Safety issues aside, the heartfelt patriotic hangings are a welcome sight for soldiers returning from the chaos in the Middle East, said National Guard Lt. Col. Paul G. Smith.

``It's tremendous,'' Smith said. ``It boosts our spirits and lets us know people are behind us. It's just thrilling that people appreciate their sacrifice and take the time to recognize it.''
GRAPHIC: SHEETS TO THE WIND: Homemade highway banners welcoming soldiers home, such as this one on an overpass crossing Interstate 93 in Milton, are becoming more common, but are mostly tolerated by road crews. STAFF PHOTO BY MICHAEL FEIN
LOAD-DATE: July 5, 2005

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The Boston Herald
July 5, 2005 Tuesday

LENGTH: 727 words
HEADLINE: Letters to the Editor

Poor sportsmanship

Russian President Vladimir Putin was inconsiderate to simply pocket Robert Kraft's Super Bowl ring (June 30). Putin had no right. He didn't earn the ring. He obviously lacked the manners to ask, ``May I keep it?''

Mr. Putin, give back that ring!

- Jantique Fielding, Revere

Money not for Islam

Contrary to the Herald's report, the Nation of Islam does not and has never received any grants from the Boston Police Department or any other city, state or federal program (``Faith-based grants go elsewhere,'' June 28). The money that the article refers to is paid to the Neighborhood Development Corporation of Grove Hall, not the Nation of Islam. The money is part of a mentoring program, and the person who mentors happens to be a member of the Nation of Islam.

- Minister Don Muhammad, Nation of Islam, Boston

Bolt of sensationalism

I was one of the people who fell victim to the lightning strike at the softball field in Rockland (``Lightning jolts Rockland,'' June 27). The experience was an extreme emotional distress for everyone involved. The stories being printed are hardly true. The skies were not black when the incident occurred. There was no rain, and the only sign we had was a strike of lightning in the distance, which led to the game's cancellation. No more than 15 seconds later, the bolt of lightning struck the tree behind us. The girls hadn't left the field yet when this occurred.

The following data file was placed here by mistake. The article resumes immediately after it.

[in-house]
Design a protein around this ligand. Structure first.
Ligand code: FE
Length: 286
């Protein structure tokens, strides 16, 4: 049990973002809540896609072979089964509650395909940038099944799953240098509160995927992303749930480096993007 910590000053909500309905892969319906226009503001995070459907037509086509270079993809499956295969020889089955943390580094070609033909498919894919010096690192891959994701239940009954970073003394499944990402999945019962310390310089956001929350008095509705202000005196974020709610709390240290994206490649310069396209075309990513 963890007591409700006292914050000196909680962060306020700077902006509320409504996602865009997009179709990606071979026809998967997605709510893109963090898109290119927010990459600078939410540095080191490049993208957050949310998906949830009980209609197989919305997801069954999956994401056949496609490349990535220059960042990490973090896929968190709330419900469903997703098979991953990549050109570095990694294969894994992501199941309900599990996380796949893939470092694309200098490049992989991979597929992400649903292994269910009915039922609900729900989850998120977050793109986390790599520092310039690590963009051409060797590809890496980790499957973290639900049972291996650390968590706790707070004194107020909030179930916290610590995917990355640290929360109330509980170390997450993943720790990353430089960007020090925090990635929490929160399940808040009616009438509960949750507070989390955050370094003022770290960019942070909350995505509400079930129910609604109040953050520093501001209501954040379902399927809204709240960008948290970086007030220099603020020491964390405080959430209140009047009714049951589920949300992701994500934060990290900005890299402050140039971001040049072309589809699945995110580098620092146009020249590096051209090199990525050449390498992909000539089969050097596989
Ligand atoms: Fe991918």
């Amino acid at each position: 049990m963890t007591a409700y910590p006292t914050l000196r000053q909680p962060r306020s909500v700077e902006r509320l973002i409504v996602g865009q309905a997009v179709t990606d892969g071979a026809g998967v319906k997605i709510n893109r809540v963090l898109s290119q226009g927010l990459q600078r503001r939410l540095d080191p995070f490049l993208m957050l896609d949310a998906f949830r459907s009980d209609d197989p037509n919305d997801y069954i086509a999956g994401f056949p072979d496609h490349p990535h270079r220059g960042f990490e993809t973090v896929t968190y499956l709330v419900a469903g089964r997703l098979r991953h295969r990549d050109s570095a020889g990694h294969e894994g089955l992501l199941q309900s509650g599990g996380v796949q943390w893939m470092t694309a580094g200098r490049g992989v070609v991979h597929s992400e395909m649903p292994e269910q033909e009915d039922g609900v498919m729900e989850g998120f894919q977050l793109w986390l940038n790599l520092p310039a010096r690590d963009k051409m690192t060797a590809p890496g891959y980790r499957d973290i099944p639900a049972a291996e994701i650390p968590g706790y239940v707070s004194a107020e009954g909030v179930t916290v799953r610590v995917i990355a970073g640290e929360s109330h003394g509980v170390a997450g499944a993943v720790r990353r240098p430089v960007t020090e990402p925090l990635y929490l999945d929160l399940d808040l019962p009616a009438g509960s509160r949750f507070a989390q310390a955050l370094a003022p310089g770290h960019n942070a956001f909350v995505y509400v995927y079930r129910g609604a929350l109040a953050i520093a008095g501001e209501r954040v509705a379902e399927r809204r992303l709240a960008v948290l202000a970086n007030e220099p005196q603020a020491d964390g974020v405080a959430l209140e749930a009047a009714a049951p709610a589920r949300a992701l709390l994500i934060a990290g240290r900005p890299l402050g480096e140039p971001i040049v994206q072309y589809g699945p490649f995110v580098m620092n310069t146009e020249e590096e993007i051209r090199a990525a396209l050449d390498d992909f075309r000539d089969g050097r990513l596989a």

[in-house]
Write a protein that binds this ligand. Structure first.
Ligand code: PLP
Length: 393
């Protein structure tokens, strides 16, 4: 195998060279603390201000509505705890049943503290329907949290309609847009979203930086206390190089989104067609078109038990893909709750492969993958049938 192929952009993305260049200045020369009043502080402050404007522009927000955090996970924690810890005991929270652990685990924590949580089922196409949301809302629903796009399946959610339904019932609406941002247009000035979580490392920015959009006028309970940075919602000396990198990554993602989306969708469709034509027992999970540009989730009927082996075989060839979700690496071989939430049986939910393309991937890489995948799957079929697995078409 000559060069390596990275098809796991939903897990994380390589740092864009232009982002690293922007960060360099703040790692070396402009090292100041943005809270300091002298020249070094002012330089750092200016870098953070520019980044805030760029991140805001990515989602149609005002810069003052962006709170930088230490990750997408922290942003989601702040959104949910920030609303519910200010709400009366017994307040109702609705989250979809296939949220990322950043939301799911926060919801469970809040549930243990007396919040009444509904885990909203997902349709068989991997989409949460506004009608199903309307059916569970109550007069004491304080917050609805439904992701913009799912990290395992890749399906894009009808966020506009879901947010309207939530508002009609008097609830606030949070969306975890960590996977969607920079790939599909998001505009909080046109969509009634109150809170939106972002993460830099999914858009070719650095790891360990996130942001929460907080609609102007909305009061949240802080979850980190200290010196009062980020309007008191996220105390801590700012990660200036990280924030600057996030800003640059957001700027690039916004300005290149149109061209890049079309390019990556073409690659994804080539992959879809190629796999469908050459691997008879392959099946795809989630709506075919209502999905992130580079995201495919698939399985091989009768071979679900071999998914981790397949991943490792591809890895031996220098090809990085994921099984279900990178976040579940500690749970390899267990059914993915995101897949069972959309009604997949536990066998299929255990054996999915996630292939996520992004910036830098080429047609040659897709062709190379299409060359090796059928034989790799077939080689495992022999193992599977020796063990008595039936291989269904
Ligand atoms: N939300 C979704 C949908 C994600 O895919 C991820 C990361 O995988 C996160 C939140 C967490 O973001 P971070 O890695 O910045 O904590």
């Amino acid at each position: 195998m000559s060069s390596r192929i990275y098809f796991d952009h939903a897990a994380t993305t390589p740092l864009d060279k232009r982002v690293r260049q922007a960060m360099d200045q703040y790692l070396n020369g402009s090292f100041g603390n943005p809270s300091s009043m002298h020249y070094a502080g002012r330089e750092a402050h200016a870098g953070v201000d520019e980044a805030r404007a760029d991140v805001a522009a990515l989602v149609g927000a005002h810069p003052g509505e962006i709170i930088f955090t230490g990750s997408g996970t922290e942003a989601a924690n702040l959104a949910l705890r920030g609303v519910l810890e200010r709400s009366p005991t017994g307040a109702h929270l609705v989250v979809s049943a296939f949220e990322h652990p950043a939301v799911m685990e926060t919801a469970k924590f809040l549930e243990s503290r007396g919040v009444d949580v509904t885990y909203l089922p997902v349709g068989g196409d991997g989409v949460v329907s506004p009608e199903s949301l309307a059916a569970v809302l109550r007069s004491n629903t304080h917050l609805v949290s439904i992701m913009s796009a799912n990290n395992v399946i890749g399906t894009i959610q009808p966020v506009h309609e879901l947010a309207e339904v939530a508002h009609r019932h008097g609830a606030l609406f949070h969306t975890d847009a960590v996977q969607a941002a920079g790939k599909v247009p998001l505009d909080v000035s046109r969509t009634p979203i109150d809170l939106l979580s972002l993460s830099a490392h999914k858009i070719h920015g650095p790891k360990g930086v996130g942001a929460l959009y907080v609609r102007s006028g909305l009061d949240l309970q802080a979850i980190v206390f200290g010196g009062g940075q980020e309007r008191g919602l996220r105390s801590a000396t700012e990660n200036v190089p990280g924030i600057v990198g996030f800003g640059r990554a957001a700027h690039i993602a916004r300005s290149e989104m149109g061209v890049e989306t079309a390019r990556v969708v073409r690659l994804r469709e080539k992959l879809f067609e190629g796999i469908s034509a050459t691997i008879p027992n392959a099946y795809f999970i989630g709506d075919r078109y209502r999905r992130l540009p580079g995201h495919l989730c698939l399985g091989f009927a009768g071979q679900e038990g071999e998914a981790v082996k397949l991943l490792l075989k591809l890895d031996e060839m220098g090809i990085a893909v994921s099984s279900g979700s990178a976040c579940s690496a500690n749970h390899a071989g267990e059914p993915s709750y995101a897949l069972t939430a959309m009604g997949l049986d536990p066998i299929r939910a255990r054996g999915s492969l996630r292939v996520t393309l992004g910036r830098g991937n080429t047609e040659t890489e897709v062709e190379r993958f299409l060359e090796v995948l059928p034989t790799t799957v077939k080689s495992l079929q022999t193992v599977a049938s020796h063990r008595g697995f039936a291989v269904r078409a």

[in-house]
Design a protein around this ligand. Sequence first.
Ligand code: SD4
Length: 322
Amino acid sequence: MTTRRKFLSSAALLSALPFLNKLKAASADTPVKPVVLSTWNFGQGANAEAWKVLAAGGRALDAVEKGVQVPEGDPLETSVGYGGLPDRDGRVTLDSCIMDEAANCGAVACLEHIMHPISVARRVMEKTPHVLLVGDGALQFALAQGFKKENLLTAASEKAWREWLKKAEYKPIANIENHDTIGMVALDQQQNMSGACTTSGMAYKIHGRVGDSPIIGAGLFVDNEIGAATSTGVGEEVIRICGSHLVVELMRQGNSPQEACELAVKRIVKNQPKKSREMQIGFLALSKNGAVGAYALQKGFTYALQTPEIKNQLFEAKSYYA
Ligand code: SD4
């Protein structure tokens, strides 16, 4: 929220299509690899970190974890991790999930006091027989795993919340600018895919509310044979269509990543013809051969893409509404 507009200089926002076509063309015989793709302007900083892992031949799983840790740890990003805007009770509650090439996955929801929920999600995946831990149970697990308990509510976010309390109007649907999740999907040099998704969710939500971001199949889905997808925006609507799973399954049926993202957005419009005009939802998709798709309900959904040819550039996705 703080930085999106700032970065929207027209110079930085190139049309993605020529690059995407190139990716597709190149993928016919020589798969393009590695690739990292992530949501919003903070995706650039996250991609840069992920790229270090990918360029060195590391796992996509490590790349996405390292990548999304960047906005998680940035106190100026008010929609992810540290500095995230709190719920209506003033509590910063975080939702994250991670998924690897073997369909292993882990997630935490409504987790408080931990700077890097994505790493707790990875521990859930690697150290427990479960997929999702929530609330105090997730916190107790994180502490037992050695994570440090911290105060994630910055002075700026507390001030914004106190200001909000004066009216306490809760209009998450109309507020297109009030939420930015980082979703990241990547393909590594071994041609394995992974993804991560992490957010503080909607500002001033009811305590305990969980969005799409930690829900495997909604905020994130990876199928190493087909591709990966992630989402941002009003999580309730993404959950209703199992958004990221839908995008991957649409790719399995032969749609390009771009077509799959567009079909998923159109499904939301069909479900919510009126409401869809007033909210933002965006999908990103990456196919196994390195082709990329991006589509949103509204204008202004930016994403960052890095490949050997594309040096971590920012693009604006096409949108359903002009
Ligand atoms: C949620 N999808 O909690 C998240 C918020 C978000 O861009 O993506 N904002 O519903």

The stories make it seem like the people involved were foolish and at fault.

- Daniel J. Lattuada, Rockland

Philly words rings true

Our joyful congratulations to the Herald for this remarkable column (``Proclaiming liberty now and then,'' July 1). It is a precious reflection on our heritage and should be treated accordingly. How about framing it for display in the Boston Herald lobby - alongside the Bill of Rights.

We will start the ball rolling in Wayland as we make pass the column along to our family and friends. Your words will enable us to get morality on our side quickly and quietly, and it will surely be user-friendly for citizens wishing to go their separate ways, together.

Thank you Rachelle Cohen.

- Rod and Nema Geer, Wayland

Rove has GOP all wrong

I am grateful that Karl Rove along with Bill O'Reilly and other ``conservatives'' are defining our politics for us (``Slouching toward oblivion,'' June 25). However, they should remember that true conservatives do not spend trillions of dollars they do not have. They do not lie in order to invade a country that was no threat to us, and honest conservatives do not submit legislation such as the Clean Air Act that does the opposite of its name.

Rove claims his conservatives believe in ``curbing the size of government'' yet the federal government is the biggest it's ever been. He says that his colleagues are advancing a ``culture of life'' but our country has endured three years of fear-mongering from a war with no end in sight. Contrary to Rove's claim, citizens of every political stripe were united after the events of 9/11. ``Conservatives'' and their war are also responsible for the abuses at the Abu Ghraib.

- T. F. Kelley, Norwood

Writer no help in war

I'm certain columnist Michelle Malkin will be enlisting soon to take up arms during this time of war (``Lefty pacifists peddle the new `self-esteem,' '' June 30). After all, ``just what we need to combat throat-slitting, suicide plane-flying Islamists'' surely isn't a pen-wielding syndicated columnist.

- Keith D. Demers, South Boston